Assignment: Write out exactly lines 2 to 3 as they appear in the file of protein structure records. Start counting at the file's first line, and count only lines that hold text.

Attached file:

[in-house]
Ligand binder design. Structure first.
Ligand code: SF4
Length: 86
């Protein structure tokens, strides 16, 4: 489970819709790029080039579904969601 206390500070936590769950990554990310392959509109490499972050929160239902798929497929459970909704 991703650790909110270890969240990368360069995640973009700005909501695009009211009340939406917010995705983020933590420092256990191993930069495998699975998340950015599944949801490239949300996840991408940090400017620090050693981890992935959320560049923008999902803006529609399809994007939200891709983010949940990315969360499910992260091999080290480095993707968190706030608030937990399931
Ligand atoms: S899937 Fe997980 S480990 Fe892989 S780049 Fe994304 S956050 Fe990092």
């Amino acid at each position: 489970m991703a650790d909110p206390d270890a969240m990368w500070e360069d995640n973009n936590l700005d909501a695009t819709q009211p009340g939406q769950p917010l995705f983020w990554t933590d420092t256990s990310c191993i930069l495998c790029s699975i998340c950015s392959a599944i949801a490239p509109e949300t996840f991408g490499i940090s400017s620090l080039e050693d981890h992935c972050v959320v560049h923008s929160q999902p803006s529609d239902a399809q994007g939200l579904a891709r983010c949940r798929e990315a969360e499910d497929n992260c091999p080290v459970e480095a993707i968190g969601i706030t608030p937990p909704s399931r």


Ligand binder design. Structure first.
Ligand code: SF4